s the Israeli assault on Gaza enters its sixth month, the enclave’s population of about 2 million is struggling to survive with little access to life’s most basic necessity: water.

According to Euro-Med Monitor, those in the Gaza Strip have access to just 1.5 liters of water per person per day for all needs, including drinking, cooking, and personal hygiene. The established international emergency water threshold is 15 liters per person per day—ten times what Gazans have now. At least 20 people have already died of dehydration and malnutrition, a number that will continue to rise as diarrheal disease spreads due to lack of clean water, leaving many unable to retain what few calories they ingest.

While the water crisis in Gaza is now catastrophic, the Palestinian struggle to access water long predates the current onslaught and is an issue in the West Bank, too. Before Israel’s October 2023 invasion, Palestinians in the West Bank and Gaza had access to just 80 liters of water per person per day, while the World Health Organization estimates that individuals need as much as 100 liters per day to meet basic needs.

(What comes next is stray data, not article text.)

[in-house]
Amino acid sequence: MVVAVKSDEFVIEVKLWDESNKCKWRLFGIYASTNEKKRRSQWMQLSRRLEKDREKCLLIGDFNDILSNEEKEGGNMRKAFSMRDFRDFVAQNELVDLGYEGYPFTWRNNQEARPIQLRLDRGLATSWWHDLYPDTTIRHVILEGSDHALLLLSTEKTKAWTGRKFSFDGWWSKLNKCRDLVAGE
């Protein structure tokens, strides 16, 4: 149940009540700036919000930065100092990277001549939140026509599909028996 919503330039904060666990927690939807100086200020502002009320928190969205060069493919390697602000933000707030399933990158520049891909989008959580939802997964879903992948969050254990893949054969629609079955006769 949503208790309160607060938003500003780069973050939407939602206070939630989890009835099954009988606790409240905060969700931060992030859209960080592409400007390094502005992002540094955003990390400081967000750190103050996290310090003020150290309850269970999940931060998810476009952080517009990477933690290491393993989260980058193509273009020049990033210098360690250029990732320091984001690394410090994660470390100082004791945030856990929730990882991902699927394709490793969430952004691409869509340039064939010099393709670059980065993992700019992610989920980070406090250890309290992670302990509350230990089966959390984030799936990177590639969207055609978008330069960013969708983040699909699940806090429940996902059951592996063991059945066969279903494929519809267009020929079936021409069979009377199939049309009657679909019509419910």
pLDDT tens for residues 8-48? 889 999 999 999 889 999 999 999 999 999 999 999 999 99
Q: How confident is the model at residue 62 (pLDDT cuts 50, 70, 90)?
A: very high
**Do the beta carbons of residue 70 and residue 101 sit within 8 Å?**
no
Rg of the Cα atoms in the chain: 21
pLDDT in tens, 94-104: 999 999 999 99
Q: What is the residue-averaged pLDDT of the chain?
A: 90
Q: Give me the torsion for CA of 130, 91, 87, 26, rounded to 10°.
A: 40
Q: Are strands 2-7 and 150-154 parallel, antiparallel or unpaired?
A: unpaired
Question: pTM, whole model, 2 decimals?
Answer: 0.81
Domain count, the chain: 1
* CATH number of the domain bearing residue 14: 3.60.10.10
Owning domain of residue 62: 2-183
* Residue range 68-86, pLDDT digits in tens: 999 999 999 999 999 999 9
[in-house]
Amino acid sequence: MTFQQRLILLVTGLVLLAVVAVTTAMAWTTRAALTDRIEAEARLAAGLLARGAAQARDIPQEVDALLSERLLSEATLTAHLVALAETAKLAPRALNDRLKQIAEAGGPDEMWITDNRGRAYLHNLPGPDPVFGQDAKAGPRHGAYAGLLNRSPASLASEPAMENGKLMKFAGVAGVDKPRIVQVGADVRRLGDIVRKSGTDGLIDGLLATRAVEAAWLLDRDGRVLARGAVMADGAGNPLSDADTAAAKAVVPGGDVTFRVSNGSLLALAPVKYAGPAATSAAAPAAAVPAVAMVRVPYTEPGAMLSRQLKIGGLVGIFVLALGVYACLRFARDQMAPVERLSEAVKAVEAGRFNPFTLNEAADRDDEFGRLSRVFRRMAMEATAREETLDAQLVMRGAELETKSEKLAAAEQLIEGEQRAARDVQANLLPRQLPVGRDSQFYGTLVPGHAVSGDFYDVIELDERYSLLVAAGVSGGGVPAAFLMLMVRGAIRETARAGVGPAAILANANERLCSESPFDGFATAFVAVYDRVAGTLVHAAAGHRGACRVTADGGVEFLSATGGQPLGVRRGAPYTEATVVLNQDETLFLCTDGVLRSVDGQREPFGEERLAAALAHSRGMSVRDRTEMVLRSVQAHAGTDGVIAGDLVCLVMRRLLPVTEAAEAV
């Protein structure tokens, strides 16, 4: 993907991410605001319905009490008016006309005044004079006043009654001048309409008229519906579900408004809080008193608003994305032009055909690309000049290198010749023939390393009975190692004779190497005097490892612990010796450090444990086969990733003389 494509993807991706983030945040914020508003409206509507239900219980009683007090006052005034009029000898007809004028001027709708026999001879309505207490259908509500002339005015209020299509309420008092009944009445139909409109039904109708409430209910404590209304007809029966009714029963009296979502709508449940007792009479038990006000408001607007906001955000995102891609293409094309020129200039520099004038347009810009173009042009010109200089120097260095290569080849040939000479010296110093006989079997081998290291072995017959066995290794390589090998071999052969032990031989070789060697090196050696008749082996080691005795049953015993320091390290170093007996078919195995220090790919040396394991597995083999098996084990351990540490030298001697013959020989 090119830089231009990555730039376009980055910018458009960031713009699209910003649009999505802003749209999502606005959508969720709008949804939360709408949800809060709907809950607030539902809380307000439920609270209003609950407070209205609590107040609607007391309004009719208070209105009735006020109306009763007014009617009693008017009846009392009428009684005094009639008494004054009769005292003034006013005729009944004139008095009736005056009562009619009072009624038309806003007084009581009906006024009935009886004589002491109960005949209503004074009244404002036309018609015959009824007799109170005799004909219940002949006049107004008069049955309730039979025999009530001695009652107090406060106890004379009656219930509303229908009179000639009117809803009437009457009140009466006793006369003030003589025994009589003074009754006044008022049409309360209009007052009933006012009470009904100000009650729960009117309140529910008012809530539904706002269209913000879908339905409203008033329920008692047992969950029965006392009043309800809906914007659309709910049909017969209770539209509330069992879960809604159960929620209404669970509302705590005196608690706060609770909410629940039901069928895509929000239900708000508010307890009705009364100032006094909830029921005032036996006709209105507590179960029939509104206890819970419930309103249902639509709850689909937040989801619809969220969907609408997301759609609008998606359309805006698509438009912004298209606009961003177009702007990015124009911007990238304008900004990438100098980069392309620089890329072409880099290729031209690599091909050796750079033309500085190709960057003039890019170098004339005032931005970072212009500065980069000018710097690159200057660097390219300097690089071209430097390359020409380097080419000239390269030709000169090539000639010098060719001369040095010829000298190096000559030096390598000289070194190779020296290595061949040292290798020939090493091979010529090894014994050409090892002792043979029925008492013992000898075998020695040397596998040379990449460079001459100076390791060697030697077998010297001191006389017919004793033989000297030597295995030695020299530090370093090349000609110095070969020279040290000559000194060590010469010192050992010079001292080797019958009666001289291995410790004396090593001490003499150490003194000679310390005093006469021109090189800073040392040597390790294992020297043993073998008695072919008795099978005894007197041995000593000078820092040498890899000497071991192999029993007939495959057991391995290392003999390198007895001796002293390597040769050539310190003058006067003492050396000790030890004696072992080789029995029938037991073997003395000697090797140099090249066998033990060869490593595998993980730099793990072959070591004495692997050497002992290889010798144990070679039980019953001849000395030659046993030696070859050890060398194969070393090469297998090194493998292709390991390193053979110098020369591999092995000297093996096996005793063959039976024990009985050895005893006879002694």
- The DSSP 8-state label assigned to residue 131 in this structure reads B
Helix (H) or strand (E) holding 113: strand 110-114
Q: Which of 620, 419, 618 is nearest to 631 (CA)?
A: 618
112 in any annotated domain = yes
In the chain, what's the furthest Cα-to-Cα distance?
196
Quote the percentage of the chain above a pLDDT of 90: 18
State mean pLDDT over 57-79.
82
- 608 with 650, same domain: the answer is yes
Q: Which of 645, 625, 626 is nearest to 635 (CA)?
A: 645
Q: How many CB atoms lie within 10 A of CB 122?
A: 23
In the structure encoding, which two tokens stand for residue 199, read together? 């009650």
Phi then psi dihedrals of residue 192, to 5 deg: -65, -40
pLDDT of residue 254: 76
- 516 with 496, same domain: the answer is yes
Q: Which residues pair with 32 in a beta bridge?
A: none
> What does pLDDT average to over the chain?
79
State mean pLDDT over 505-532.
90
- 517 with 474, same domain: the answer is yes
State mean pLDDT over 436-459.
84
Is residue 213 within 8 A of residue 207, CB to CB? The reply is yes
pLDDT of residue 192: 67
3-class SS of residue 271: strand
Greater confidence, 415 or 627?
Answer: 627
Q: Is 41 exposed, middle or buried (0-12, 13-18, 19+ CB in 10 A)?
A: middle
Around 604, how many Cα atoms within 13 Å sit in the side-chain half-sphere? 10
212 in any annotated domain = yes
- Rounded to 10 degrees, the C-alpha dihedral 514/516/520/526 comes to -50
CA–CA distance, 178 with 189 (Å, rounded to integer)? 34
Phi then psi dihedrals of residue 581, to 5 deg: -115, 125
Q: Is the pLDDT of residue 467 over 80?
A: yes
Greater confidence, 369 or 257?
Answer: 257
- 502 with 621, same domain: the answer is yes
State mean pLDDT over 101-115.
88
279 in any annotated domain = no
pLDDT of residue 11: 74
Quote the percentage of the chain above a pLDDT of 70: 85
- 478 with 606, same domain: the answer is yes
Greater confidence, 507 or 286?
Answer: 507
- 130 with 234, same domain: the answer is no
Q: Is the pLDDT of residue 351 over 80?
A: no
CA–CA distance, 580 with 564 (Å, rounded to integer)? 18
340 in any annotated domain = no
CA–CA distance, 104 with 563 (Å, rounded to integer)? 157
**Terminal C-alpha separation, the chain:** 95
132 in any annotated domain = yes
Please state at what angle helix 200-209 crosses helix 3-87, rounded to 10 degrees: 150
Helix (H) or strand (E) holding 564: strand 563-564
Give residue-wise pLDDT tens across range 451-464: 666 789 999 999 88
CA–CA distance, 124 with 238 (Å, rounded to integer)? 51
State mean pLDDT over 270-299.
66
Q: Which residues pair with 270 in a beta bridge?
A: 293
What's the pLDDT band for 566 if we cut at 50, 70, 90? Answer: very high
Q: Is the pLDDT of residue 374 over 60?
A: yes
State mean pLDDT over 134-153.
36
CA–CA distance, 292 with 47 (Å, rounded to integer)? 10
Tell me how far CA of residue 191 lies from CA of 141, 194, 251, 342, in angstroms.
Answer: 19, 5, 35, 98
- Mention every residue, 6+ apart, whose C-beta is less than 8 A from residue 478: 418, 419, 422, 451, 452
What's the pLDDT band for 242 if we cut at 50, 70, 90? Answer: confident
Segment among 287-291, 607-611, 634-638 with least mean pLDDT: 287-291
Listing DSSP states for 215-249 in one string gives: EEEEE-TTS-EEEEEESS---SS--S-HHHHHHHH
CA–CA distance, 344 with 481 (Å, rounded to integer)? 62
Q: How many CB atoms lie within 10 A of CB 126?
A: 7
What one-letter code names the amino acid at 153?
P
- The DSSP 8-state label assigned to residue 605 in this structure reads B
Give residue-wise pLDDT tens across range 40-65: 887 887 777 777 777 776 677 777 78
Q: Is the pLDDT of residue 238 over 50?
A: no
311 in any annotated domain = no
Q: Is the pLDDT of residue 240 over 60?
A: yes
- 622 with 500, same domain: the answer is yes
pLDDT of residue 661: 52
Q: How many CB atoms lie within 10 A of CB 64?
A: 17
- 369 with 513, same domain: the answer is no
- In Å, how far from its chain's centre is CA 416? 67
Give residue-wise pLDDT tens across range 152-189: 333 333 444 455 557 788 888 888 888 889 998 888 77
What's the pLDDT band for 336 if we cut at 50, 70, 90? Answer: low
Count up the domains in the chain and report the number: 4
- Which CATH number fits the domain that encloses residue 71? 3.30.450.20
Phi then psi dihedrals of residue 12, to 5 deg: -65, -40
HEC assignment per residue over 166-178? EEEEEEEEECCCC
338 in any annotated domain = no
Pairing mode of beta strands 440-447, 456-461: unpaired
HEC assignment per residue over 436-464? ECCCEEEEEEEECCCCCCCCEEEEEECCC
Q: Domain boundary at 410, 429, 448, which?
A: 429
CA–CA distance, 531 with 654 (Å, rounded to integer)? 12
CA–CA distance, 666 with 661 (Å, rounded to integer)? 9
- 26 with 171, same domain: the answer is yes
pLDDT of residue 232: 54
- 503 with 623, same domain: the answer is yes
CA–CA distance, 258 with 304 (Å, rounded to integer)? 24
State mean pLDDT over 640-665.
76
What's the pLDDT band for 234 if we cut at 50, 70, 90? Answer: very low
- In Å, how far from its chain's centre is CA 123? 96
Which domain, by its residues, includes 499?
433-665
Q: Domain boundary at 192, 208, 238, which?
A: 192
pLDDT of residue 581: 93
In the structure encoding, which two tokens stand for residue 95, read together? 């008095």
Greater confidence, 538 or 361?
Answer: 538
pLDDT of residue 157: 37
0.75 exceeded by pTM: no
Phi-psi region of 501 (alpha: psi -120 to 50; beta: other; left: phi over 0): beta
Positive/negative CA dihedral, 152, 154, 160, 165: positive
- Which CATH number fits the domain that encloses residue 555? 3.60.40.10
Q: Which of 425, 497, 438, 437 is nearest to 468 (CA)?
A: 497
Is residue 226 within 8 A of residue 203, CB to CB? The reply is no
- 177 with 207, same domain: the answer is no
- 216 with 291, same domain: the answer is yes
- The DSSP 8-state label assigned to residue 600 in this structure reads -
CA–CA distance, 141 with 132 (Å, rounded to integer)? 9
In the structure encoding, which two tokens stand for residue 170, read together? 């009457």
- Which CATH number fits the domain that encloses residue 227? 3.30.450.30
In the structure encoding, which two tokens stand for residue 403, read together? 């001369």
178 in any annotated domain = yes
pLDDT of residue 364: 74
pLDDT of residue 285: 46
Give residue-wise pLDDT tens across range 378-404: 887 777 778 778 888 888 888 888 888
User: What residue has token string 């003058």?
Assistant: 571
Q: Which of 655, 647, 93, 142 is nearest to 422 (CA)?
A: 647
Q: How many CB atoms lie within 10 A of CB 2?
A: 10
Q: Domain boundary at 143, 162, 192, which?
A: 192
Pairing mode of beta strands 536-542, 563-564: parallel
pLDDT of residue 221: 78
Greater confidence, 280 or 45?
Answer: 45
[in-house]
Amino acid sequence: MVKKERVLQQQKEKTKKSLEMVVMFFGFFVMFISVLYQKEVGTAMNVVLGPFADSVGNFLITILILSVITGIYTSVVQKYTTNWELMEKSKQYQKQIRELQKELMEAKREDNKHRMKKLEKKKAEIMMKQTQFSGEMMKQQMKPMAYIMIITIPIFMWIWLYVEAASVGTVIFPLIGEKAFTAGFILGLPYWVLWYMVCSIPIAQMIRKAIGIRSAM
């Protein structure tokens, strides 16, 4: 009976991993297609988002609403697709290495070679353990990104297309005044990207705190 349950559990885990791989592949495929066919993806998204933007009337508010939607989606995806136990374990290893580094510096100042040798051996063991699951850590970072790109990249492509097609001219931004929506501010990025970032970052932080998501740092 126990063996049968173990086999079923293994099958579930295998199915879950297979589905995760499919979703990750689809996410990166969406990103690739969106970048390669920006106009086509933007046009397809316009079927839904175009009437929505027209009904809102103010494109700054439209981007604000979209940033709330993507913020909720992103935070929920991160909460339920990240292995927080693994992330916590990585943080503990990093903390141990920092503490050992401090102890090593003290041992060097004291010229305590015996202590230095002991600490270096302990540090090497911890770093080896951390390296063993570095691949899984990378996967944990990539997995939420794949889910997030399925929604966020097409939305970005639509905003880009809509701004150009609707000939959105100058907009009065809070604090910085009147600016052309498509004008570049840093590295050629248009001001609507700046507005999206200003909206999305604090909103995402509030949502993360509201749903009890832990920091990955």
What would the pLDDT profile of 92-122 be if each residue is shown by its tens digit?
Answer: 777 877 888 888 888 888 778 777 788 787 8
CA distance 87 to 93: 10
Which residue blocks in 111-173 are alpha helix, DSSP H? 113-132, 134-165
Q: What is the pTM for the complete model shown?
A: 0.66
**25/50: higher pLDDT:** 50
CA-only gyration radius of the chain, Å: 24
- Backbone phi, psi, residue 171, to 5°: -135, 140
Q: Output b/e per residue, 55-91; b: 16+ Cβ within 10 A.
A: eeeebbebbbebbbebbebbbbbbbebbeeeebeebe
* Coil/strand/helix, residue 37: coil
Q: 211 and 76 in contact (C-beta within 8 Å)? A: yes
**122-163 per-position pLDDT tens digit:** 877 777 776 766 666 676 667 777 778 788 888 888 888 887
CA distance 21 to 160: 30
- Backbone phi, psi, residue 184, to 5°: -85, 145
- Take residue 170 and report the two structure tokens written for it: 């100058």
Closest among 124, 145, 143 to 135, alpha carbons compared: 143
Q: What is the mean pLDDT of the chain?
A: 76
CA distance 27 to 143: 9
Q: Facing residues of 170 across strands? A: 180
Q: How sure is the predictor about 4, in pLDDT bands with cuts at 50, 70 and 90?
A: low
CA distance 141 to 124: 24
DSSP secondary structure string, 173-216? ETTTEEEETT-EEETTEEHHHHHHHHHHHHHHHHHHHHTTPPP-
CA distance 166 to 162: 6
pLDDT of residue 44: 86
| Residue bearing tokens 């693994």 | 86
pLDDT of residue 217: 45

Despite significant investment in water and wastewater infrastructure in Palestine from institutions like the World Bank and the United States Agency for International Development (USAID), Palestinian per capita water consumption continues to fall.

The root cause of Palestine’s water crisis is not a lack of investment but the political reality that Israel, as an occupying power, manages water in a way that denies Palestinians fair access. Experts and rights groups call this “water apartheid.” They say that recent Israeli tactics in Gaza, such as cutting off water to the enclave, are just the latest examples of its weaponization of the vital resource.

“Water apartheid describes a form of segregation that results in unequal access to water, where policies and practices ensure that water resources are disproportionately allocated to privileged groups while marginalized communities face scarcity and denial of access,” explains Saker El Nour, a sociologist and co-founder of Water Justice for Gaza, a collective of researchers and activists that publishes a newsletter on water in Palestine.

While the specifics of these unfair water policies and practices look different from Gaza to the West Bank, the overall water crisis is by design. “Water is weaponized as a tool of occupation and control,” says El Nour.

Read the full article about water for Palestinians by Marianne Dhenin at YES! Magazine.